Thanks to a New York Times article, there was quite a bit of discussion last week about whether a baby conceived with a non-Jewish egg donor but carried and raised by a Jewish women is considered Jewish. And here on Kveller, Jordana Horn eloquently proposed that rather than question the identity of such a baby, we should embrace this child into Jewish life, with which I wholeheartedly agree. As long as any child or family considers itself Jewish and lives accordingly, should it matter what a small group of Rabbis declares is that child’s identity? No, of course not.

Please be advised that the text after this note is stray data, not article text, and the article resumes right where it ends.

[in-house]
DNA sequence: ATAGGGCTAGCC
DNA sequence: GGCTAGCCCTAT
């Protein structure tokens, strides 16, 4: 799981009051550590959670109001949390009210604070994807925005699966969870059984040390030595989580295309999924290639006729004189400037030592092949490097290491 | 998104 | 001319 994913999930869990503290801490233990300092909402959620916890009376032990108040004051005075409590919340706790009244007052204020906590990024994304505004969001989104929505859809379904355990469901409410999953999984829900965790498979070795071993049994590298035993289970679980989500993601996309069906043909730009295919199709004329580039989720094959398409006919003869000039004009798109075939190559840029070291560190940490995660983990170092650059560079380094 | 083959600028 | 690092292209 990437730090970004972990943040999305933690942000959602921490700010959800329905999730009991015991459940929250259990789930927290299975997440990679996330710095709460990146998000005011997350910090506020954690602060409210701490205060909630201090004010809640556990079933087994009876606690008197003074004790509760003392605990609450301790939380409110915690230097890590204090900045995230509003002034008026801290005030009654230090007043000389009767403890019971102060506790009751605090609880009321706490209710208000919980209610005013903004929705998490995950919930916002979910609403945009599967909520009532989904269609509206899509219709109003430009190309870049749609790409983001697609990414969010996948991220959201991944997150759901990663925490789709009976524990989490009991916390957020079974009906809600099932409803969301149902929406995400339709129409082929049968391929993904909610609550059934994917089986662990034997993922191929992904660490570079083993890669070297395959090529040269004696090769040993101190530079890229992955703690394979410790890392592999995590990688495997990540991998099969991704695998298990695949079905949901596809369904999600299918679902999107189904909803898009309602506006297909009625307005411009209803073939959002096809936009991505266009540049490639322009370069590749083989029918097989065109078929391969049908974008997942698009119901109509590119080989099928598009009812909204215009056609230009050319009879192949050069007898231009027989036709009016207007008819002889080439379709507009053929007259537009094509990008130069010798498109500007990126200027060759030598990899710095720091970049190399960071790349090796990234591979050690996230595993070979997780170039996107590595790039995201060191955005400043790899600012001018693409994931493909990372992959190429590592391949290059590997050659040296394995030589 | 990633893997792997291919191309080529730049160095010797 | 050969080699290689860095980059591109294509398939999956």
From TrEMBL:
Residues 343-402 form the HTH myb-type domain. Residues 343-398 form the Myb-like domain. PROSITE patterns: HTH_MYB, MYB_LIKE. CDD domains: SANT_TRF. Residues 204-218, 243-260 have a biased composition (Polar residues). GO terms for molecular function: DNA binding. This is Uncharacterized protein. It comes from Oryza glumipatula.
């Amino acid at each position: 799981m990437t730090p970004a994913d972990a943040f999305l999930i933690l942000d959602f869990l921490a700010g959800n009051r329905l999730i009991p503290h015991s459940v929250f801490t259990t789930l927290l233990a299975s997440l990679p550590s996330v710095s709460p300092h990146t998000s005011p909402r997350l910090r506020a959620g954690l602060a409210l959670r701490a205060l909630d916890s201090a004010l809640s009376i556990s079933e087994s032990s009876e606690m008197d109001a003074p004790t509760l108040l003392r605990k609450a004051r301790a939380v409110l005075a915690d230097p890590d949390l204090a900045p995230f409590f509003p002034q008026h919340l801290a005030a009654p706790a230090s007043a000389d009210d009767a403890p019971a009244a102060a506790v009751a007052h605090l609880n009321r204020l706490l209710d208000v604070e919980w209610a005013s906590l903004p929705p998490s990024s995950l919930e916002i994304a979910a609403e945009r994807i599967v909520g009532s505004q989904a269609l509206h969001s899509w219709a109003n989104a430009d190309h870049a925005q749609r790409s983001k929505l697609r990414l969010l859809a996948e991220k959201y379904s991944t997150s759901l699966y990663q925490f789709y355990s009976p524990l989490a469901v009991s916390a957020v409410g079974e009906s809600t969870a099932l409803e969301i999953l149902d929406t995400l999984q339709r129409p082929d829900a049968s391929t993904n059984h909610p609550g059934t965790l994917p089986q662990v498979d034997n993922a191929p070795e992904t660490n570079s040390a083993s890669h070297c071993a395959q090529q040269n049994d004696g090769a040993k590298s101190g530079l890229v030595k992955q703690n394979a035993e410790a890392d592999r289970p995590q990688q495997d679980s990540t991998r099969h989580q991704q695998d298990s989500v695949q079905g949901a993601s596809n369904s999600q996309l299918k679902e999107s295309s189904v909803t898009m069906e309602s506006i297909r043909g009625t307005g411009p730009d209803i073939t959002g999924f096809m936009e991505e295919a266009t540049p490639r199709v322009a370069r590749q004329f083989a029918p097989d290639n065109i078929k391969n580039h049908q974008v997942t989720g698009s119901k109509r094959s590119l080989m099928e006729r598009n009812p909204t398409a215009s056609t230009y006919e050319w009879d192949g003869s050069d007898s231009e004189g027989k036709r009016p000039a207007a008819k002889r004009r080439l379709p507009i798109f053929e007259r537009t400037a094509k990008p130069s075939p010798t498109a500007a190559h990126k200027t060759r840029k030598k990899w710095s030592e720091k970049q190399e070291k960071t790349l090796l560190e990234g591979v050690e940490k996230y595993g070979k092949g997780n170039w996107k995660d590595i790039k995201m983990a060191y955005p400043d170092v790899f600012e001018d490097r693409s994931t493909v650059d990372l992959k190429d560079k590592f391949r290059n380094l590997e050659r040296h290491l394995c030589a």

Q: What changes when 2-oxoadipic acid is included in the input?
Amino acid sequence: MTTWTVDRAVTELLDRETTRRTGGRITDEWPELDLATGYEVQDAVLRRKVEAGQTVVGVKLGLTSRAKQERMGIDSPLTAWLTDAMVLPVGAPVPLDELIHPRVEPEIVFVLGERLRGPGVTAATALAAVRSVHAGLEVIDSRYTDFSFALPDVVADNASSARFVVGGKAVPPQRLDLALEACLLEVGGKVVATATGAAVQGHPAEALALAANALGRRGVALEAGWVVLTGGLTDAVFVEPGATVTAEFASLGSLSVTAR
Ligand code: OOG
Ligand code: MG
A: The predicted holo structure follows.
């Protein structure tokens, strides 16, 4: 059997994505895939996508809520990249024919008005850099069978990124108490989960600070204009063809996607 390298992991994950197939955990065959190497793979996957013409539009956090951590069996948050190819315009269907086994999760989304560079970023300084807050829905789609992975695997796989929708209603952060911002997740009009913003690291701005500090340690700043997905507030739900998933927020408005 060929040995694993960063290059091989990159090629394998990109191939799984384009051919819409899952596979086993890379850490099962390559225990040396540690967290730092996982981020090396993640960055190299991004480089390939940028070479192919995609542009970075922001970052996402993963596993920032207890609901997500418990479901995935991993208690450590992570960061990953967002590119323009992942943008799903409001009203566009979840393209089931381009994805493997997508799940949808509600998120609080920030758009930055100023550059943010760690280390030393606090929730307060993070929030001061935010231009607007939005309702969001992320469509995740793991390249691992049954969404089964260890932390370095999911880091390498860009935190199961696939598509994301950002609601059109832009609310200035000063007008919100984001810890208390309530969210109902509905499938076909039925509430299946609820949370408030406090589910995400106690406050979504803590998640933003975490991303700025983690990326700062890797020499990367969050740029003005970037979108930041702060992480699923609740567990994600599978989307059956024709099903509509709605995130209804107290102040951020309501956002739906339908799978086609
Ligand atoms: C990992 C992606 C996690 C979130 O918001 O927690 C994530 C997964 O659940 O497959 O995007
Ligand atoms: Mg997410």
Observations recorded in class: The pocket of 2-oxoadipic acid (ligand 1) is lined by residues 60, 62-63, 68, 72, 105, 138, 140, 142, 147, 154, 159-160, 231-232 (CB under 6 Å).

That said, two weeks ago my husband and I took our four-year-old son to the mikveh to complete his conversion.
Our younger son S. was born through gestational surrogacy. He is 100% biologically our child but was carried by another women, in our case a non-Jewish woman.
My husband and I have no doubt S. is Jewish. Neither does S. He sang the Ma Nishtanah at our Seder, sings Shalom Aleichem each Shabbat, and will spontaneously burst into Adon Olam, to the tune of Call Me Maybe, while playing with Legos. But because of the circumstances of his birth, there are those who might question whether S. is indeed Jewish. Read the rest of this entry →